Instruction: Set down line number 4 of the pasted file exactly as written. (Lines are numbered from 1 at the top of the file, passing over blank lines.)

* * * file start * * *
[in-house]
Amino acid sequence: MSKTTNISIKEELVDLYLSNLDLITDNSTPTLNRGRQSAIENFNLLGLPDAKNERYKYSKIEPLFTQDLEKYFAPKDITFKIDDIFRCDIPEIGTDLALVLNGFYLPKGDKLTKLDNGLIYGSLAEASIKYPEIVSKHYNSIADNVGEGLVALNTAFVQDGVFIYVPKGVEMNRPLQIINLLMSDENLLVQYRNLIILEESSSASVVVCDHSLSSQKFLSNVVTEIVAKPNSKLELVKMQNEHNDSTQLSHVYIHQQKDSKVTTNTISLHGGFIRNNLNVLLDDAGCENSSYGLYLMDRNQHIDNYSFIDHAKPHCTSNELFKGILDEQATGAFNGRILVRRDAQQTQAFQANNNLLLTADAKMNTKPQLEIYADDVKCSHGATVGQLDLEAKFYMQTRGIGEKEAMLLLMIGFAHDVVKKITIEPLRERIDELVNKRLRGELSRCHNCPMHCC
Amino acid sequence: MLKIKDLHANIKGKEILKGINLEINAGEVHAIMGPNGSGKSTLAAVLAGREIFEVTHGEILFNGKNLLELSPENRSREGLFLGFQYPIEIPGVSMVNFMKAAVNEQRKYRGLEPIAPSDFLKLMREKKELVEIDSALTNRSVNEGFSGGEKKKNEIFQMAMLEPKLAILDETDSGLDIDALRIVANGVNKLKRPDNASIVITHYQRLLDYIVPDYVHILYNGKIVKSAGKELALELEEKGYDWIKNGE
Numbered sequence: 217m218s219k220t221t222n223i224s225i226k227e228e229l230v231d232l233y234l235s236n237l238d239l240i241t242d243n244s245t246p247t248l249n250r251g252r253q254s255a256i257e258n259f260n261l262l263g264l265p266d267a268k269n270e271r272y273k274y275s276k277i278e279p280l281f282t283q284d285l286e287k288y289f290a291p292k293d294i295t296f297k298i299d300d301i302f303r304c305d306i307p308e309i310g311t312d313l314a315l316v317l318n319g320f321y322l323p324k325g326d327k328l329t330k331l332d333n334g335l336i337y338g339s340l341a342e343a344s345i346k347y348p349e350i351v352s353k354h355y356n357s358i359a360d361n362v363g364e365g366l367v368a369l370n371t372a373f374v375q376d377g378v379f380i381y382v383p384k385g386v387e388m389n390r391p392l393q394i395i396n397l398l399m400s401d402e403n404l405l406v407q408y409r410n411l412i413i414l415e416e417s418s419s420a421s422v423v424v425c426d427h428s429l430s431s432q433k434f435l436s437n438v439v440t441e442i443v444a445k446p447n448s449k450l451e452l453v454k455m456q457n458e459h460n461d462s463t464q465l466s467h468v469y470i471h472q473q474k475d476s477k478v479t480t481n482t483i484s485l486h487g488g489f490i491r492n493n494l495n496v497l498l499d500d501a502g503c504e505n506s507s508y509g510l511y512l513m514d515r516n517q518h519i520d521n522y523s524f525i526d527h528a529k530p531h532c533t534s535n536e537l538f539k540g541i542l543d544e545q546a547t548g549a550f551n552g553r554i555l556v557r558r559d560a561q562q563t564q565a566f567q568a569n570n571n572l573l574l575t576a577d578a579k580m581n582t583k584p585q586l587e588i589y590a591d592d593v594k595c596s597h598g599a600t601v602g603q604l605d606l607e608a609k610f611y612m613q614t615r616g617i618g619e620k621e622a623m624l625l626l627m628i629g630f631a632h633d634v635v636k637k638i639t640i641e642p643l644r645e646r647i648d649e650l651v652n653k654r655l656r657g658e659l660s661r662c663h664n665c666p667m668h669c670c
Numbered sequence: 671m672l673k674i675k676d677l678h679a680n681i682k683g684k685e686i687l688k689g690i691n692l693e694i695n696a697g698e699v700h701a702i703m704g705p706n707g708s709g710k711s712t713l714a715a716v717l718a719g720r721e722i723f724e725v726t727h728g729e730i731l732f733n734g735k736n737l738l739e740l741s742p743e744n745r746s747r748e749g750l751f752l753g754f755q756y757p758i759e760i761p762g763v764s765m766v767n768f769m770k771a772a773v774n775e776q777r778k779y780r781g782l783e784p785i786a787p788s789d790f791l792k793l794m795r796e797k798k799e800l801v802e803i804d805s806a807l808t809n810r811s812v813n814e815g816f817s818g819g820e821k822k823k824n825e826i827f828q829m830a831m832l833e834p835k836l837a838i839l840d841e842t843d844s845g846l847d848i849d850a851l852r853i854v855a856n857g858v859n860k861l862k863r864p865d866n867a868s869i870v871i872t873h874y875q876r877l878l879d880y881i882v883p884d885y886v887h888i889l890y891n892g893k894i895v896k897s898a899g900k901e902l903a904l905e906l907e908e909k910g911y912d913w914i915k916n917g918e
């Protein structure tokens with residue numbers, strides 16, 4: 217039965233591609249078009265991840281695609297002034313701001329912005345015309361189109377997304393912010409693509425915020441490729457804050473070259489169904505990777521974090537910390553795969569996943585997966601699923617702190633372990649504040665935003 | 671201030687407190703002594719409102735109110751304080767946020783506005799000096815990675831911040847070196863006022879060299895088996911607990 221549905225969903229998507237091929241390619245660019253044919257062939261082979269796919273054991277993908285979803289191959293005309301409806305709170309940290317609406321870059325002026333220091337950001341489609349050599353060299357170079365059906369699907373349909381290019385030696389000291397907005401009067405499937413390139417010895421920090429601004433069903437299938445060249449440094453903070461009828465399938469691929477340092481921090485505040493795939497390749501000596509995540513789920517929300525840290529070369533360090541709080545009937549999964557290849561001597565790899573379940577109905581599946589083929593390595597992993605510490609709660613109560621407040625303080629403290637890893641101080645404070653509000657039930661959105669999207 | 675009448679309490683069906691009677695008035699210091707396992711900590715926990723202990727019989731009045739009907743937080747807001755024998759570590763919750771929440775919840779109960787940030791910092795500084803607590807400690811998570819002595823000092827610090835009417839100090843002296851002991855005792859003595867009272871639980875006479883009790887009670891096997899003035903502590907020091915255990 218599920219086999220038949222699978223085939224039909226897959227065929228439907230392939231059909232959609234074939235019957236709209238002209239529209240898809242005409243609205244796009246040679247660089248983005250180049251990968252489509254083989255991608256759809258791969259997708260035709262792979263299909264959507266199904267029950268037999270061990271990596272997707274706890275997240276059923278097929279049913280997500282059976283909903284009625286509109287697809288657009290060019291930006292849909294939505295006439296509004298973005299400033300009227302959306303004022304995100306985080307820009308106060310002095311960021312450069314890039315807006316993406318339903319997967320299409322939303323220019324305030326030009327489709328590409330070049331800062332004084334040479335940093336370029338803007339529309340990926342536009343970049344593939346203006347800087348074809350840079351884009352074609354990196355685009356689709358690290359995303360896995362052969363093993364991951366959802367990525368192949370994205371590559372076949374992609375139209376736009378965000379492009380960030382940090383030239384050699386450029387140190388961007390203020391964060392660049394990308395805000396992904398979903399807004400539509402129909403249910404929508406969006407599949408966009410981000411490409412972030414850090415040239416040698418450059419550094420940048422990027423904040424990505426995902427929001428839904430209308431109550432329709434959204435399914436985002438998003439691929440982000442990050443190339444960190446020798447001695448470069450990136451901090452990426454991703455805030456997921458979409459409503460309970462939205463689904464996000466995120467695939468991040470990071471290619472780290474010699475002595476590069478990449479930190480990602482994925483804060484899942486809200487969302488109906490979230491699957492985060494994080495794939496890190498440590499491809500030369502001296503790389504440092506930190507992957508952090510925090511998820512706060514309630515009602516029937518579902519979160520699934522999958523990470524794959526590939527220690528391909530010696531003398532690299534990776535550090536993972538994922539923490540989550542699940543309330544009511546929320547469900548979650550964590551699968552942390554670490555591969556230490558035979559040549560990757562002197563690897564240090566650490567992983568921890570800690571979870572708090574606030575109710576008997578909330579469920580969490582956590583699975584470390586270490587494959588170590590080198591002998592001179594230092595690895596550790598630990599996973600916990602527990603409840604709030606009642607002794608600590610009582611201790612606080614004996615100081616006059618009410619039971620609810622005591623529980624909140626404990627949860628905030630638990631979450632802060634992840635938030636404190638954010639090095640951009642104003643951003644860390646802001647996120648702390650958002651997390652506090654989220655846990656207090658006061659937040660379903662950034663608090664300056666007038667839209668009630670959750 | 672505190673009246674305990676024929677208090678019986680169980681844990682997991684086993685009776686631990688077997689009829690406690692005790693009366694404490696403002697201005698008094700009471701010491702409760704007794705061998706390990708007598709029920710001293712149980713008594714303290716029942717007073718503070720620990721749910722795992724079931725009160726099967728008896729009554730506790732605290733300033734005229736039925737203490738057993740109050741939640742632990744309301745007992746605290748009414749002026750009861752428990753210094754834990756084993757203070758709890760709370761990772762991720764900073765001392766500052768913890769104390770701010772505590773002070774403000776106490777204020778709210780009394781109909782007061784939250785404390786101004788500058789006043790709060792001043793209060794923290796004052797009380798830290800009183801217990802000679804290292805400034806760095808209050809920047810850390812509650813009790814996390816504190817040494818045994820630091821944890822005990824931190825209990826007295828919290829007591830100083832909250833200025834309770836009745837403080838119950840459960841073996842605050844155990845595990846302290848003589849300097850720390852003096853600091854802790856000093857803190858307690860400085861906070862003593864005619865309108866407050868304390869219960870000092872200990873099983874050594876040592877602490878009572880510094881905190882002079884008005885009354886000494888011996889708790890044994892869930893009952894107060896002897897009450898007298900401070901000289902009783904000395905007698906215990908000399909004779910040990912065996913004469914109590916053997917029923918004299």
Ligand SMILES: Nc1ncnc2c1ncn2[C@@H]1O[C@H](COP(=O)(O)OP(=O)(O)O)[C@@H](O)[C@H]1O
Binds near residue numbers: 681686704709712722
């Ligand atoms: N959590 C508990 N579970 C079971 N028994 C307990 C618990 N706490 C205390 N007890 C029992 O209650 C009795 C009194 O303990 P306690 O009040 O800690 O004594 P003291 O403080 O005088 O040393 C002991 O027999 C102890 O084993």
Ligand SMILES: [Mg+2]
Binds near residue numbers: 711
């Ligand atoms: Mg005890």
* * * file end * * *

Numbered sequence: 217m218s219k220t221t222n223i224s225i226k227e228e229l230v231d232l233y234l235s236n237l238d239l240i241t242d243n244s245t246p247t248l249n250r251g252r253q254s255a256i257e258n259f260n261l262l263g264l265p266d267a268k269n270e271r272y273k274y275s276k277i278e279p280l281f282t283q284d285l286e287k288y289f290a291p292k293d294i295t296f297k298i299d300d301i302f303r304c305d306i307p308e309i310g311t312d313l314a315l316v317l318n319g320f321y322l323p324k325g326d327k328l329t330k331l332d333n334g335l336i337y338g339s340l341a342e343a344s345i346k347y348p349e350i351v352s353k354h355y356n357s358i359a360d361n362v363g364e365g366l367v368a369l370n371t372a373f374v375q376d377g378v379f380i381y382v383p384k385g386v387e388m389n390r391p392l393q394i395i396n397l398l399m400s401d402e403n404l405l406v407q408y409r410n411l412i413i414l415e416e417s418s419s420a421s422v423v424v425c426d427h428s429l430s431s432q433k434f435l436s437n438v439v440t441e442i443v444a445k446p447n448s449k450l451e452l453v454k455m456q457n458e459h460n461d462s463t464q465l466s467h468v469y470i471h472q473q474k475d476s477k478v479t480t481n482t483i484s485l486h487g488g489f490i491r492n493n494l495n496v497l498l499d500d501a502g503c504e505n506s507s508y509g510l511y512l513m514d515r516n517q518h519i520d521n522y523s524f525i526d527h528a529k530p531h532c533t534s535n536e537l538f539k540g541i542l543d544e545q546a547t548g549a550f551n552g553r554i555l556v557r558r559d560a561q562q563t564q565a566f567q568a569n570n571n572l573l574l575t576a577d578a579k580m581n582t583k584p585q586l587e588i589y590a591d592d593v594k595c596s597h598g599a600t601v602g603q604l605d606l607e608a609k610f611y612m613q614t615r616g617i618g619e620k621e622a623m624l625l626l627m628i629g630f631a632h633d634v635v636k637k638i639t640i641e642p643l644r645e646r647i648d649e650l651v652n653k654r655l656r657g658e659l660s661r662c663h664n665c666p667m668h669c670c